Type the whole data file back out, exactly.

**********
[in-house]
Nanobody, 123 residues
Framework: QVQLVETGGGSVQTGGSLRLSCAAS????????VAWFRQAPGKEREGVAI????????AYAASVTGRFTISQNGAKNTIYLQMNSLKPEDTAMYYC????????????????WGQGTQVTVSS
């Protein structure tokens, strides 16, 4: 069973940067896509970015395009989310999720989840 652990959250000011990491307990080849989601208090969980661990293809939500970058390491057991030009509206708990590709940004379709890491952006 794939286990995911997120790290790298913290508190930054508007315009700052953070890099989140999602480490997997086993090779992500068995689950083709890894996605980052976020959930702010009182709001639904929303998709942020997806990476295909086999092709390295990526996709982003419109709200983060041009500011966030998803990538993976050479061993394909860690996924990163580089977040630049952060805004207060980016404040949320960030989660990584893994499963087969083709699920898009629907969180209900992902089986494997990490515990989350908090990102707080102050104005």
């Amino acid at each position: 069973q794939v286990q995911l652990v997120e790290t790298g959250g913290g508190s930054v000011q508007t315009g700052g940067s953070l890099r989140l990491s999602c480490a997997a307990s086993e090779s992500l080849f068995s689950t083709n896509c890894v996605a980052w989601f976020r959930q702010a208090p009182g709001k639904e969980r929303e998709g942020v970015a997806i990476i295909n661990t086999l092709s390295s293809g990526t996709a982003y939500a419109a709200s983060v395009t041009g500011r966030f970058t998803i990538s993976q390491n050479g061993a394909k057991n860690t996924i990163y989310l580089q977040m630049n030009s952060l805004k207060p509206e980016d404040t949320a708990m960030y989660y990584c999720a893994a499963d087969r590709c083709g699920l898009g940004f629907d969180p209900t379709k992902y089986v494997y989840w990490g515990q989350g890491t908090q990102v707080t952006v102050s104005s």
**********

[in-house]
Nanobody, 123 residues
Framework: QVQLVETGGGSVQTGGSLRLSCAAS????????VAWFRQAPGKEREGVAI????????AYAASVTGRFTISQNGAKNTIYLQMNSLKPEDTAMYYC????????????????WGQGTQVTVSS
């Protein structure tokens, strides 16, 4: 069973940067896509970015395009989310999720989840 652990959250000011990491307990080849989601208090969980661990293809939500970058390491057991030009509206708990590709940004379709890491952006 794939286990995911997120790290790298913290508190930054508007315009700052953070890099989140999602480490997997086993090779992500068995689950083709890894996605980052976020959930702010009182709001639904929303998709942020997806990476295909086999092709390295990526996709982003419109709200983060041009500011966030998803990538993976050479061993394909860690996924990163580089977040630049952060805004207060980016404040949320960030989660990584893994499963087969083709699920898009629907969180209900992902089986494997990490515990989350908090990102707080102050104005």
């Amino acid at each position: 069973q794939v286990q995911l652990v997120e790290t790298g959250g913290g508190s930054v000011q508007t315009g700052g940067s953070l890099r989140l990491s999602c480490a997997a307990s086993e090779s992500l080849f068995s689950t083709n896509c890894v996605a980052w989601f976020r959930q702010a208090p009182g709001k639904e969980r929303e998709g942020v970015a997806i990476i295909n661990t086999l092709s390295s293809g990526t996709a982003y939500a419109a709200s983060v395009t041009g500011r966030f970058t998803i990538s993976q390491n050479g061993a394909k057991n860690t996924i990163y989310l580089q977040m630049n030009s952060l805004k207060p509206e980016d404040t949320a708990m960030y989660y990584c999720a893994a499963d087969r590709c083709g699920l898009g940004f629907d969180p209900t379709k992902y089986v494997y989840w990490g515990q989350g890491t908090q990102v707080t952006v102050s104005s």